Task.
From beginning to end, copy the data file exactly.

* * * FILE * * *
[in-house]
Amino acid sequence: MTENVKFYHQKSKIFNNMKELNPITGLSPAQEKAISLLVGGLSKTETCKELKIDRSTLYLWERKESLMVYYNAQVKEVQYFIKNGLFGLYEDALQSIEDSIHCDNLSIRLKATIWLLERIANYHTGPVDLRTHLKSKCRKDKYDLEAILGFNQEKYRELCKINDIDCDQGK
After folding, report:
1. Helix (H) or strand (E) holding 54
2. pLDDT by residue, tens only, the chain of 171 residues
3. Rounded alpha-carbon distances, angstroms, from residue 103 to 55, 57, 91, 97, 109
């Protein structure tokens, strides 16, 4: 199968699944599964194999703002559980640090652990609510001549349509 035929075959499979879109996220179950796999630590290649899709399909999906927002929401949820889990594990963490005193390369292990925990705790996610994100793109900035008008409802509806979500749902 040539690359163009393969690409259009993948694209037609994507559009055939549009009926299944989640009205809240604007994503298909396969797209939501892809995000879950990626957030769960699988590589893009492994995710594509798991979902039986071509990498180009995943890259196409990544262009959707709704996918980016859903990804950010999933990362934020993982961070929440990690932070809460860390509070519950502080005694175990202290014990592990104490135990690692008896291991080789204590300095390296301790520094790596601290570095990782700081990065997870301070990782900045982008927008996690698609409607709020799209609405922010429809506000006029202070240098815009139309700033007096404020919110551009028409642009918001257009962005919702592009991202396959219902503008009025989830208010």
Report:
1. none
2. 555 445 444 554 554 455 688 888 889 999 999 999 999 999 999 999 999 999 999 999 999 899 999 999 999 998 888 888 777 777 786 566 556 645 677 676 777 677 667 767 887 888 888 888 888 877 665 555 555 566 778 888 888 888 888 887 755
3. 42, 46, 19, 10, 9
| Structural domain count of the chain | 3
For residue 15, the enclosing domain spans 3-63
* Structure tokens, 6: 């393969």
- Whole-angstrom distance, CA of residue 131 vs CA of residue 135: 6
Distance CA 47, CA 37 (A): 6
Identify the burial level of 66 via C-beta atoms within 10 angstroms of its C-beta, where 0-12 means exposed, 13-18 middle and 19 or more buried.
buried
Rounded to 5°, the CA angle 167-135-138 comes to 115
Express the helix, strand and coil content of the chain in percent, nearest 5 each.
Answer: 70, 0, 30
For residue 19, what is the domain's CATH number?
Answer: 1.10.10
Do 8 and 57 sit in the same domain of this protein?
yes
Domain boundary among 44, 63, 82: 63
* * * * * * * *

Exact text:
[in-house]
Amino acid sequence: MTENVKFYHQKSKIFNNMKELNPITGLSPAQEKAISLLVGGLSKTETCKELKIDRSTLYLWERKESLMVYYNAQVKEVQYFIKNGLFGLYEDALQSIEDSIHCDNLSIRLKATIWLLERIANYHTGPVDLRTHLKSKCRKDKYDLEAILGFNQEKYRELCKINDIDCDQGK
After folding, report:
1. Helix (H) or strand (E) holding 54
2. pLDDT by residue, tens only, the chain of 171 residues
3. Rounded alpha-carbon distances, angstroms, from residue 103 to 55, 57, 91, 97, 109
């Protein structure tokens, strides 16, 4: 199968699944599964194999703002559980640090652990609510001549349509 035929075959499979879109996220179950796999630590290649899709399909999906927002929401949820889990594990963490005193390369292990925990705790996610994100793109900035008008409802509806979500749902 040539690359163009393969690409259009993948694209037609994507559009055939549009009926299944989640009205809240604007994503298909396969797209939501892809995000879950990626957030769960699988590589893009492994995710594509798991979902039986071509990498180009995943890259196409990544262009959707709704996918980016859903990804950010999933990362934020993982961070929440990690932070809460860390509070519950502080005694175990202290014990592990104490135990690692008896291991080789204590300095390296301790520094790596601290570095990782700081990065997870301070990782900045982008927008996690698609409607709020799209609405922010429809506000006029202070240098815009139309700033007096404020919110551009028409642009918001257009962005919702592009991202396959219902503008009025989830208010």
Report:
1. none
2. 555 445 444 554 554 455 688 888 889 999 999 999 999 999 999 999 999 999 999 999 999 899 999 999 999 998 888 888 777 777 786 566 556 645 677 676 777 677 667 767 887 888 888 888 888 877 665 555 555 566 778 888 888 888 888 887 755
3. 42, 46, 19, 10, 9
| Structural domain count of the chain | 3
For residue 15, the enclosing domain spans 3-63
* Structure tokens, 6: 């393969």
- Whole-angstrom distance, CA of residue 131 vs CA of residue 135: 6
Distance CA 47, CA 37 (A): 6
Identify the burial level of 66 via C-beta atoms within 10 angstroms of its C-beta, where 0-12 means exposed, 13-18 middle and 19 or more buried.
buried
Rounded to 5°, the CA angle 167-135-138 comes to 115
Express the helix, strand and coil content of the chain in percent, nearest 5 each.
Answer: 70, 0, 30
For residue 19, what is the domain's CATH number?
Answer: 1.10.10
Do 8 and 57 sit in the same domain of this protein?
yes
Domain boundary among 44, 63, 82: 63